I want to write in support of a remarkable survivor – a Georgian gem in our midst that isn’t as obvious or impressive as a King’s Circus or Royal Crescent – but in some respects is even more important.
Tucked away behind trees on the bank of the River Avon at the bottom of Hampton Row in Bathwick – and across river from Kensington Meadows and the London Road – is the remains of an open-air bathing complex that includes the only Georgian lido still in existence.
Financed by public subscription, the original pool opened in 1815 and, until 1984, Bathonians and visitors to the city continued to enjoy swimming there.
Originally the river was diverted to flow through sluice gates into and out of the pool, and the D-shaped footprint of this first construction, which is still apparent, is echoed by the curve of a miniature Georgian crescent.
This houses changing cubicles, a cottage and the site of the former private Ladies Pool which was infilled in the 20th century.
Entirely unoccupied since 2003, this precious historic resource – an integral and fascinating part of Bath’s history and heritage – is now falling into dereliction. Despite its Grade 2* status and its national and international importance, it is registered as a Building at Risk.
Ann Dunlop heads up a small group of people who have formed the Cleveland Pools Trust to hopefully bring swimming back to the old lido.
The Trustees – with the help of a committed band of volunteers, the full backing of Bath and North East Somerset Council who are the owners of the site, and the support of English Heritage and the Prince’s Regeneration Trust, is working towards a realistic plan for the future.
Would it help, l wondered, if a rather cash-strapped B&NES just gave the pools to them?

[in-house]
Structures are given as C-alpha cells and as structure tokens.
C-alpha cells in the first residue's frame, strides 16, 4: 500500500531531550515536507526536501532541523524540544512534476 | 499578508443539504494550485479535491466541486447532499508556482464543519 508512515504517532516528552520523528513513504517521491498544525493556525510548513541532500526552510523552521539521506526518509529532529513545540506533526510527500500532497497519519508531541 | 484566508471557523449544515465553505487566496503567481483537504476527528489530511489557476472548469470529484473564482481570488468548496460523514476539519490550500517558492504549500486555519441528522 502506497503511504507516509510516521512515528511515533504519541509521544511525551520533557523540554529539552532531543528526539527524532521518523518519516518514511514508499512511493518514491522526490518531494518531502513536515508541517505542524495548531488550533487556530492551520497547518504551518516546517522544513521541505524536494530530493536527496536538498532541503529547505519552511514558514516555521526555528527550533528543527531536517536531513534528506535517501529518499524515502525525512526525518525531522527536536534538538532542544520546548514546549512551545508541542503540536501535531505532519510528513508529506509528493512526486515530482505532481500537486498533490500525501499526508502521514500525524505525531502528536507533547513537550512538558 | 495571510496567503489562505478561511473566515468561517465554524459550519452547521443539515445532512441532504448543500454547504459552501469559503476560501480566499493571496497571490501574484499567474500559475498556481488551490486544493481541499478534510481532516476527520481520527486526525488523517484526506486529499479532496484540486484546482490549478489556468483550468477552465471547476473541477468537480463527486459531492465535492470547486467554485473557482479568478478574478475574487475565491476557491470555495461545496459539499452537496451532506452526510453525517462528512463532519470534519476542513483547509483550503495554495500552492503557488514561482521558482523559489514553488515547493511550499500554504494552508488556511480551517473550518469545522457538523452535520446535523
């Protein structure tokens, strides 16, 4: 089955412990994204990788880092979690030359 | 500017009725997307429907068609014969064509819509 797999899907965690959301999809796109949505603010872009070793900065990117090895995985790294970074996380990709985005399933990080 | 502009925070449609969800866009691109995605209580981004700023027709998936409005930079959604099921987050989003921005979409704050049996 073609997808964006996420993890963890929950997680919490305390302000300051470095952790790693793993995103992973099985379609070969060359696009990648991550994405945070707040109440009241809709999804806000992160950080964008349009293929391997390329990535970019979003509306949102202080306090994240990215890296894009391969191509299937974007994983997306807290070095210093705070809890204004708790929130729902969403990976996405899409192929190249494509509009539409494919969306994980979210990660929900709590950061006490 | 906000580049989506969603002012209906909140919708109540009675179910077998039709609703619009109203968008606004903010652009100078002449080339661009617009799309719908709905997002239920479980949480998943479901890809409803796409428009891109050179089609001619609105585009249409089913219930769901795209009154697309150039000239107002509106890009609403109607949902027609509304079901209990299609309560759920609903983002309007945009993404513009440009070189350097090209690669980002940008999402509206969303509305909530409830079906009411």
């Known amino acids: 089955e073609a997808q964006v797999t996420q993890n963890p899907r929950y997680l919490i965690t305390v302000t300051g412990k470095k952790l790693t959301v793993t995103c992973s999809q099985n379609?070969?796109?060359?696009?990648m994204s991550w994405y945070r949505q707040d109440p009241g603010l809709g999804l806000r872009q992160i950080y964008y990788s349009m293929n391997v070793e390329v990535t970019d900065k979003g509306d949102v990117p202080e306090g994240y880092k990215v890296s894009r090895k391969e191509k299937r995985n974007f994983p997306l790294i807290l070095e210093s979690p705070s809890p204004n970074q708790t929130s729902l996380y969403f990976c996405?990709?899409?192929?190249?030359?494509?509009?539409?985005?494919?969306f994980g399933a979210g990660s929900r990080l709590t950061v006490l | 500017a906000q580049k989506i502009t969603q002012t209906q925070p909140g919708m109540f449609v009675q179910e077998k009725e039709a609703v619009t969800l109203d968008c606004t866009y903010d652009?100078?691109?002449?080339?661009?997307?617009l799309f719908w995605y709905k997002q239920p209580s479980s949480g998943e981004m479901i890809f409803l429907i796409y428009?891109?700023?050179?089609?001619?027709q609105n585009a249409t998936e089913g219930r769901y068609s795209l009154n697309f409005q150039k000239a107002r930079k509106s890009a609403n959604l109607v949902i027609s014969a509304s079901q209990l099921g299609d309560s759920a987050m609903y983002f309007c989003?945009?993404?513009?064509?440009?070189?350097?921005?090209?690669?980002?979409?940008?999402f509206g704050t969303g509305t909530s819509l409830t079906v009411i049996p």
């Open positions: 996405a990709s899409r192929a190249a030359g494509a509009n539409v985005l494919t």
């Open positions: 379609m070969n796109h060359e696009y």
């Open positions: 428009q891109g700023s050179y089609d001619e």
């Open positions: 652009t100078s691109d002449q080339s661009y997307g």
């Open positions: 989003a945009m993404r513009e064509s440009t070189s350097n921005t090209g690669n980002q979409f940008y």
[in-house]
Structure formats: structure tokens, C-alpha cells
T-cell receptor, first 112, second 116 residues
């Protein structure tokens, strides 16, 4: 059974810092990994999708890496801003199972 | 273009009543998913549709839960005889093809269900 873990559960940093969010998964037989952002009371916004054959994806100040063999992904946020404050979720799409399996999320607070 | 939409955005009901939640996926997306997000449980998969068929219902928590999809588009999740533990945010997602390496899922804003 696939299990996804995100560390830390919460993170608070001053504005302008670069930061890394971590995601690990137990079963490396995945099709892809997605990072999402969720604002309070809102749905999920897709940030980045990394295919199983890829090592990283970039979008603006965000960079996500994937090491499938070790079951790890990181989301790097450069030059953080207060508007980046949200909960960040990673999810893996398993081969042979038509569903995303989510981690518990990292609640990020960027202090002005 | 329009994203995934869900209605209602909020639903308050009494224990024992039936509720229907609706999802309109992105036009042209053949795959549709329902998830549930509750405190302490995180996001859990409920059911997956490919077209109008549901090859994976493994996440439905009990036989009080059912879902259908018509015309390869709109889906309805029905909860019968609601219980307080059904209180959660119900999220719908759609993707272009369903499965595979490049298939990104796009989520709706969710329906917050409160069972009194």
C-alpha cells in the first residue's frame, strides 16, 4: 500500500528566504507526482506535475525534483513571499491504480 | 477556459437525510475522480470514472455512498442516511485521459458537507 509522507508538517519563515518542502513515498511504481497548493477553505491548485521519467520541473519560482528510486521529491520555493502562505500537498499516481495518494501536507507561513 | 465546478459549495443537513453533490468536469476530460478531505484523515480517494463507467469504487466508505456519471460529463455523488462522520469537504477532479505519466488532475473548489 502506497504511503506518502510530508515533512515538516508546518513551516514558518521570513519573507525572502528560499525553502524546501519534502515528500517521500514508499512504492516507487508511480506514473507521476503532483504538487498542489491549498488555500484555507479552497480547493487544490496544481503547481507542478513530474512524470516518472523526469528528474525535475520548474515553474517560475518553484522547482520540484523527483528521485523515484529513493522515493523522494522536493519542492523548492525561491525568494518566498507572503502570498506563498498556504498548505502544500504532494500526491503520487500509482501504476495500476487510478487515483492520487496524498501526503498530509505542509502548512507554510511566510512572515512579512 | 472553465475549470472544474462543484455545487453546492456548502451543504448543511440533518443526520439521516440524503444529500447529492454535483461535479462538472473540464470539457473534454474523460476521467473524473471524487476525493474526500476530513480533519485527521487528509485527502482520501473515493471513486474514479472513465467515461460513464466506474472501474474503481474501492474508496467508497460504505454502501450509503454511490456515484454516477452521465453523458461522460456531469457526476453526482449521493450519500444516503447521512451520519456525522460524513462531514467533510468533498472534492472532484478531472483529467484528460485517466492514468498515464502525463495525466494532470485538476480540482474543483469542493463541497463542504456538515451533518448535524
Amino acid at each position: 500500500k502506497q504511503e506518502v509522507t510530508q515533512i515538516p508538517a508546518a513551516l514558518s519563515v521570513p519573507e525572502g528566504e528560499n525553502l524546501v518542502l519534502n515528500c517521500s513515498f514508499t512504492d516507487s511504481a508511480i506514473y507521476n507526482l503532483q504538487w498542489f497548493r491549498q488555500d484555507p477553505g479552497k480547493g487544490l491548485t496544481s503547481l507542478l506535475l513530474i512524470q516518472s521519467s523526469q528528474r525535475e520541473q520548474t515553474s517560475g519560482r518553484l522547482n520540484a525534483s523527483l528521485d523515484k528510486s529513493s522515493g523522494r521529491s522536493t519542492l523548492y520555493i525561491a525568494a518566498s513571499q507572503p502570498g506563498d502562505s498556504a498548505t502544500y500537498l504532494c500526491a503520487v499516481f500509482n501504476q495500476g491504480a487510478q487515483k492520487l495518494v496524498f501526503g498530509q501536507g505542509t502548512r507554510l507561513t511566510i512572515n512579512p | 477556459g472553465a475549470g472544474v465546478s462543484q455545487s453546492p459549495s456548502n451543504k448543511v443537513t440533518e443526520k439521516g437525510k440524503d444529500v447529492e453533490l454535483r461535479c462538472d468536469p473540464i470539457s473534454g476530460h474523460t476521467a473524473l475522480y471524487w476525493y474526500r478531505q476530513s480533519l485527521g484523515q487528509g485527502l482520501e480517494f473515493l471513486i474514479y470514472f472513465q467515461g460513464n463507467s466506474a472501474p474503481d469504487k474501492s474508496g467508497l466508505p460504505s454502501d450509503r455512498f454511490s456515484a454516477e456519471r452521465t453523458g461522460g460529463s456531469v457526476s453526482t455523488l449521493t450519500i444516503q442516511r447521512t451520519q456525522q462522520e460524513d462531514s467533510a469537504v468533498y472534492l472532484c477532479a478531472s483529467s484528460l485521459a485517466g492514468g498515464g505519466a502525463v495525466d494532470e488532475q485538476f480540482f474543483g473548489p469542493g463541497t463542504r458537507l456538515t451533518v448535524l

NB. Ann mentioned Janice (Dreisbach) in her conversation with me. She is another longstanding stalwart of the campaign who has done an enormous amount of groundwork in applying for grant aid and is still a valuable team adviser. You will find her in the ‘Meet the Team’ section of the Cleveland Pools Trust website’s Photo Gallery.
Meanwhile, the date of the Business Launch event will be announced very soon. It’ll be happening in a couple of weeks with a celebrity guest to promote the Pools Restoration Project. A Community Launch is also planned for later in the year.
Ultimately everyone – business or private resident of this World Heritage city – will be given the opportunity to help.
Money and time are both needed. Find out more about The Cleveland Pools Trust at www.clevelandpools.org.uk
Hi Richard, s you say, the clips are long but so fully comprehensive and Ann gets better as they roll. I think it’s perfect, thank you so much.
Please check with Ann when sending this VMB post whether she’d like to explain who Janice is? I would suggest an ‘NB’ below the video photo, saying: Ann mentions Janice (Dreisbach) who has been another longstanding stalwart of the campaign. You will find her in the ‘Meet the Team’ section of the website’s Photo Gallery. She is trying to retire at the moment but is still a valuable adviser to the team.
I think it’s better coming from you – but you could say that Sally thinks you come across wonderfully natural. If you can do that without my sounding patronising(!), even better !!
Incidentally, I didn’t know it, but Ann does mention on camera that the Architectural Heritage Trust’s grant is paying for a Project Manager. Yet another thing which has to be sorted to make everything cohesive, you’re right.
Have a nice day out there in the sunshine. I’ll look forward to your next posts. Sally 🙂
http://www.FACEBOOK.com/BathWithSally.CitySecrets Sally Helvey – 07836 25 25 69 …& follow the crowd to Bath’s ClevelandPools.org.uk
Thanks and will make addition. RW
Comments are closed.